Skip to main content
U.S. flag

An official website of the United States government

Hydrogeology and water quality near a solid- and hazardous-waste landfill, Northwood, Ohio

January 1, 1989

Hydrogeology and water quality of ground water and selected streams were evaluated near a landfill in northwestern Ohio. The landfill is used for codisposal of solid and hazardous waste. Water-level and geologic data were collected from 36 wells and 3 surface-water sites during the period November 1983 to November 1985. Water-quality samples were collected from 18 wells and 3 surface-water sites this during this same period.

The primary aquifers in the area are the Greenfield Dolomite and underlying Lockport Dolomite of Silurian age. These bedrock carbonates are overlain by two clay tills of Wisconsin age. The tills are capped by a glacial lake clay. The tills generally are saturated, but do not yield sufficient water to be considered an aquifer. Two wells in the study area yield water, in part, from discontinuous deposits of outwash sand and gravel at the lower till-bedrock interface.

Regional ground-water flow is from southwest to northeast; local flow is influenced by a ground-water mound centered under the northernmost cells of the landfill. Water levels in wells penetrating refuse within the landfill and the presence of leachate seeps indicate that the refuse is saturated. Head relations among the landfill, till, and dolomite aquifer indicate a vertical component of flow downward from the landfill to the dolomite aquifer. Water levels near the landfill fluctuate as much as 14 feet per year, in contrast to fluctuations of less than 3 feet per year in wells upgradient landfill.

Ground waters from wells completed in the dolomite aquifer and glacial till were found to have major-iron concentrations controlled, in large part, by reaction with calcite, dolomite, and other minerals in the aquifer. Only minor departures from equilibrium mineral saturation were noted for ground water, except in wells affected by cement/grout contamination. Molal ratios of calcuim:magnesium in ground water suggest a similar chemical evolution of waters throughout the dolomite aquifer in the study area. Stable-isotope ratios of oxygen and hydrogen indicate the source of water in the till unit and dolomite aquifer is atmospheric precipitation.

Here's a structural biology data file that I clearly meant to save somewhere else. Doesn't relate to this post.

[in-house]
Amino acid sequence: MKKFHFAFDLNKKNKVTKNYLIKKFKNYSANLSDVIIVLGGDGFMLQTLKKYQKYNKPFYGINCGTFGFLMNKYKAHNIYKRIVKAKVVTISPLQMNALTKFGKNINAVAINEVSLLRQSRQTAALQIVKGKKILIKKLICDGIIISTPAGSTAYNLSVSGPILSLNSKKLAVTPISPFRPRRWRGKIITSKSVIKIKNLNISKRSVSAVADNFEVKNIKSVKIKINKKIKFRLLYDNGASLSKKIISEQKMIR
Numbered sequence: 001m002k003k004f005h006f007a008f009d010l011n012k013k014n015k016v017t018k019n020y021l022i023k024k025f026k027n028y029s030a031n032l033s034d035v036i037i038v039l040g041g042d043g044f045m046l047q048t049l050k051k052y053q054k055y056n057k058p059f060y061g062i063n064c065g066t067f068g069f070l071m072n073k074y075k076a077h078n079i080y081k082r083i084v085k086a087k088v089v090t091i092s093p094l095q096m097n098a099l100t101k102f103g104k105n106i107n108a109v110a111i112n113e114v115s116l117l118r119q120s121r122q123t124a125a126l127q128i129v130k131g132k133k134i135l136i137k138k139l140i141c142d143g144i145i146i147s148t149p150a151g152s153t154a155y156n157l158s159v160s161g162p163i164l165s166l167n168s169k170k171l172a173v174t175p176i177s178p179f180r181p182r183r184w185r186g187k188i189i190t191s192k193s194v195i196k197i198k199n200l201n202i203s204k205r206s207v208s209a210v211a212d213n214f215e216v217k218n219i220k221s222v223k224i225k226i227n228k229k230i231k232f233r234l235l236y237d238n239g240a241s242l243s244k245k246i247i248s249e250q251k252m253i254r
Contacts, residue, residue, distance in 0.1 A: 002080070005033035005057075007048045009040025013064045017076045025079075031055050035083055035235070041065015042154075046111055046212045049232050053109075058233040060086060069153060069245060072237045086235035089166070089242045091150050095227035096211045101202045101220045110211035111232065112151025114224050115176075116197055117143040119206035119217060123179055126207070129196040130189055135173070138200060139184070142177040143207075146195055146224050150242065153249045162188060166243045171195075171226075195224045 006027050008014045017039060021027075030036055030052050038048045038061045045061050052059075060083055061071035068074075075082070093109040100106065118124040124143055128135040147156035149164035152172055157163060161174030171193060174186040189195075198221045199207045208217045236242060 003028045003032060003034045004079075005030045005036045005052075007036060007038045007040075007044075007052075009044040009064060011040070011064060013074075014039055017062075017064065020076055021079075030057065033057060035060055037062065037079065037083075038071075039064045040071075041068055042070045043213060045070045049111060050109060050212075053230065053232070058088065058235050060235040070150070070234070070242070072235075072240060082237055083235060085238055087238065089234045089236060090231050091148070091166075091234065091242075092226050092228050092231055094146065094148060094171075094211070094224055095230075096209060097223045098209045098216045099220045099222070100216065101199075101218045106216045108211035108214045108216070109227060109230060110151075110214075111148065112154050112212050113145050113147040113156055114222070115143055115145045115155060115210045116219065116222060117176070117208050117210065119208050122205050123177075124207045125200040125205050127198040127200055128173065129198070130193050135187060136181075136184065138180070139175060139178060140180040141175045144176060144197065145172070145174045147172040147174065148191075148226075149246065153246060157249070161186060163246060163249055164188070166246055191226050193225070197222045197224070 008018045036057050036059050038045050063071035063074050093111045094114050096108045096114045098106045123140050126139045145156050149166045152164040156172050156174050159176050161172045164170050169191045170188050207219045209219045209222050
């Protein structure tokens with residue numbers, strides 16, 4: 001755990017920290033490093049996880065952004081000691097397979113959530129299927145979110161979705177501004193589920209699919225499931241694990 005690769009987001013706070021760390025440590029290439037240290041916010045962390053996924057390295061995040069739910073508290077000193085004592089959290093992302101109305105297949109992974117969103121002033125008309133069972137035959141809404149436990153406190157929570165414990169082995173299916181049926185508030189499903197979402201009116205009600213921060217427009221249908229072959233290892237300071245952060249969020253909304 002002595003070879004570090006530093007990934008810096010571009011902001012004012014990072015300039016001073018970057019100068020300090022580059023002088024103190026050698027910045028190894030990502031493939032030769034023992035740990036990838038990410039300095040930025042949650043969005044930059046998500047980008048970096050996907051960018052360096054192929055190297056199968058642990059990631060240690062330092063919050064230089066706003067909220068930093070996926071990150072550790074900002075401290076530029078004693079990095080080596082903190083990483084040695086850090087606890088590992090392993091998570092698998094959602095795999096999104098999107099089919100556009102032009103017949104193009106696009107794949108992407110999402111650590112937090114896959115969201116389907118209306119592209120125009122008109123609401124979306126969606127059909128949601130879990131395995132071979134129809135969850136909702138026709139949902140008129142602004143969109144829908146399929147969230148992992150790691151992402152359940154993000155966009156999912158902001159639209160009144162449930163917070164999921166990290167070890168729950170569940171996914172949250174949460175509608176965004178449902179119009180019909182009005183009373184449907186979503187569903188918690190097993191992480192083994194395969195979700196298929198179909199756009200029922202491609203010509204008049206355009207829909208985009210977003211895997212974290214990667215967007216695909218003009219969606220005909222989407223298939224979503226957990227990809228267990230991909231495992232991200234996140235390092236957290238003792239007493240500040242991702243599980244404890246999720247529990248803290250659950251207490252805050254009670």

Elevated levels of total dissolved solids, boron, ammonia, and iron in the leachate and in wells downgradient of the landfill may indicate mixing of ground water with leachate. Oxygen and hydrogen stable-isotope ratios were used to differentiate waters from the glacial till and dolomite aquifer. Isotope ratios also show a shift off the local mixing line for leachate and for a well just downgradient from the landfill. The shift to heavier values of o D in the well water may be indicative of leachate mixing with ground water.

The effect of this mixing denoted by hydrologic, isotopic, and chemical-quality data is limited mostly to elevated levels of the common ions. Analysis did not indicate significant levels of toxic metals or organic contaminants except phenol, which was present at concentrations of from 1 to 5 micrograms per liter in six wells. Analysis of water-quality data from nearby streams suggest that surface leaching from the landfill does not significantly affect stream-water quality, but may contribute to higher level of trace metals in the streambed sediments.

Publication Year 1989
Title Hydrogeology and water quality near a solid- and hazardous-waste landfill, Northwood, Ohio
DOI 10.3133/wri884093
Authors J.T. De Roche, K. J. Breen
Publication Type Report
Publication Subtype USGS Numbered Series
Series Title Water-Resources Investigations Report
Series Number 88-4093
Index ID wri884093
Record Source USGS Publications Warehouse